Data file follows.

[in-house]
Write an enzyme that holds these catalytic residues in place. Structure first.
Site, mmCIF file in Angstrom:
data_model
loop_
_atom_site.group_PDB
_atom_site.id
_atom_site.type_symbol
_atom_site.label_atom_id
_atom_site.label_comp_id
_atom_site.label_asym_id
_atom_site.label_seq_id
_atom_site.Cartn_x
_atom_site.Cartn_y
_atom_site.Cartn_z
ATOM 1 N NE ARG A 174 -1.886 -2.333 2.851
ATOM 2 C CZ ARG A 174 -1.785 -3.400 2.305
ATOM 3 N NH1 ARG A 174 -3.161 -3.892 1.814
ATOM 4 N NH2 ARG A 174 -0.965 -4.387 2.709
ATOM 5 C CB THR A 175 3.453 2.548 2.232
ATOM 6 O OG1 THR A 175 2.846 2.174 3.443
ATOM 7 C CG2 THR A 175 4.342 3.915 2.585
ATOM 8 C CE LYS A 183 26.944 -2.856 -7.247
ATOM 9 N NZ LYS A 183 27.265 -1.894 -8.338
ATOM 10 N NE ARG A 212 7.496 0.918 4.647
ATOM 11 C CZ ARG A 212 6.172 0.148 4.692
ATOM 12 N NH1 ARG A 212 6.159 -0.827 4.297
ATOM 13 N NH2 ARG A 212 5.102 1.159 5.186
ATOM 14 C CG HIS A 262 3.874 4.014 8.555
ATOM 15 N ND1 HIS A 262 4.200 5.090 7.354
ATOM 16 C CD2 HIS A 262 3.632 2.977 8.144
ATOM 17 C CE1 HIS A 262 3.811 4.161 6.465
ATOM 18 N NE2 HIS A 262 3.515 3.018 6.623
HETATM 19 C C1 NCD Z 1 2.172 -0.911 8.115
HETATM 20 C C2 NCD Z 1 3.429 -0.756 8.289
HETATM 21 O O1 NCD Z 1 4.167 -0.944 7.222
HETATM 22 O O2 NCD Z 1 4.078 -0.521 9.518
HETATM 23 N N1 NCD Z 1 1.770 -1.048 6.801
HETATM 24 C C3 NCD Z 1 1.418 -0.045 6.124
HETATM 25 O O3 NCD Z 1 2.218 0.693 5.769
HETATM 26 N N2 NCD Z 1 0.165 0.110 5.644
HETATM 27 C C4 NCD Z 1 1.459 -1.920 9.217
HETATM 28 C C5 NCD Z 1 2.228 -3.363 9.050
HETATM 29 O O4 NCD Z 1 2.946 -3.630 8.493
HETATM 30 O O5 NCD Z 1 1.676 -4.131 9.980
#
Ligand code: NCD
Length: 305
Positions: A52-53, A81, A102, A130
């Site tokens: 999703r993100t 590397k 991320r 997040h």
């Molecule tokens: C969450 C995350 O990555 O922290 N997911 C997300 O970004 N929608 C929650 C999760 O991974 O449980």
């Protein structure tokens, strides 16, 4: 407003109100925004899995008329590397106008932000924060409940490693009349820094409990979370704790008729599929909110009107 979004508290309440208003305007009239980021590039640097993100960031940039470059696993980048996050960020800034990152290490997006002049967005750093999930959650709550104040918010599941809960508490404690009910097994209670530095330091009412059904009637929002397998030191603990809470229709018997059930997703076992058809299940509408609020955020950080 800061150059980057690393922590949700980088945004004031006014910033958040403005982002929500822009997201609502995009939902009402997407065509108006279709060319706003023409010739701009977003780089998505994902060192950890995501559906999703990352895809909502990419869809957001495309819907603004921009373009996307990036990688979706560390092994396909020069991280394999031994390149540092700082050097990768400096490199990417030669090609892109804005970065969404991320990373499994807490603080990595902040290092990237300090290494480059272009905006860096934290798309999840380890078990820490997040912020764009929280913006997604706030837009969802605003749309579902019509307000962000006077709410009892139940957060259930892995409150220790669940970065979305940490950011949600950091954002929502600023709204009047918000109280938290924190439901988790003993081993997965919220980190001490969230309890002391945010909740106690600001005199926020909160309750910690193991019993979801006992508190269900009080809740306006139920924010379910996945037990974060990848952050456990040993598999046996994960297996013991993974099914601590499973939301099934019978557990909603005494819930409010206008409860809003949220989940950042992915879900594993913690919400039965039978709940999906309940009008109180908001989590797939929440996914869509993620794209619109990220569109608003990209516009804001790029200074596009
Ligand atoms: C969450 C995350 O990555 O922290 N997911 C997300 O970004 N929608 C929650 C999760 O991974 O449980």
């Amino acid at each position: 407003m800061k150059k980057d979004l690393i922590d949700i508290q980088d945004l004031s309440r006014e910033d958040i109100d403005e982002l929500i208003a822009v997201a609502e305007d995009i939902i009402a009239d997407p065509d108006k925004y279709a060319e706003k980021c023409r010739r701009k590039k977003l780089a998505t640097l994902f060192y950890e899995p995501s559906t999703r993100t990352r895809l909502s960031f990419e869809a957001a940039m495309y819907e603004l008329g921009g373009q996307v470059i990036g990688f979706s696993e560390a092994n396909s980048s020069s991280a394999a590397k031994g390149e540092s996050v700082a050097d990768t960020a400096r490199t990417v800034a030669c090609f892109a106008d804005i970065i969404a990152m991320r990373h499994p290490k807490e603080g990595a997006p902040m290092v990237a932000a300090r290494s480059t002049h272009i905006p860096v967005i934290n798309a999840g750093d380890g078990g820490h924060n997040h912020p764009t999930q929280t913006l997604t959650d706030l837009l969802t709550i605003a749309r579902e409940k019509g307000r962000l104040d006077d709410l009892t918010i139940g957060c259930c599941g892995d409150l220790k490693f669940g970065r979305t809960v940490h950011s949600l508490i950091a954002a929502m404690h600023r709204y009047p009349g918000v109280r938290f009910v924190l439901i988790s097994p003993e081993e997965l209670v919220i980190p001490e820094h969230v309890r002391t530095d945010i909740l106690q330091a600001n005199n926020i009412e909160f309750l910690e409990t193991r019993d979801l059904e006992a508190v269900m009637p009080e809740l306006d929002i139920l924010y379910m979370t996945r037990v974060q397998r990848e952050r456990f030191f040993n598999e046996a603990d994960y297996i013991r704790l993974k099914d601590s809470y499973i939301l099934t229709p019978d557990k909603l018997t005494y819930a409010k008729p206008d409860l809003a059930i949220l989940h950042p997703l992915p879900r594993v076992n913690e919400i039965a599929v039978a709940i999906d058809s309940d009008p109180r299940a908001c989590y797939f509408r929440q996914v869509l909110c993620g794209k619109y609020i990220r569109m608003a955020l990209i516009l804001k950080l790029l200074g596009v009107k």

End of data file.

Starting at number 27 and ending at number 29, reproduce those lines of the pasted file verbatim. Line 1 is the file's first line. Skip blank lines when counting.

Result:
ATOM 12 N NH1 ARG A 212 6.159 -0.827 4.297
ATOM 13 N NH2 ARG A 212 5.102 1.159 5.186
ATOM 14 C CG HIS A 262 3.874 4.014 8.555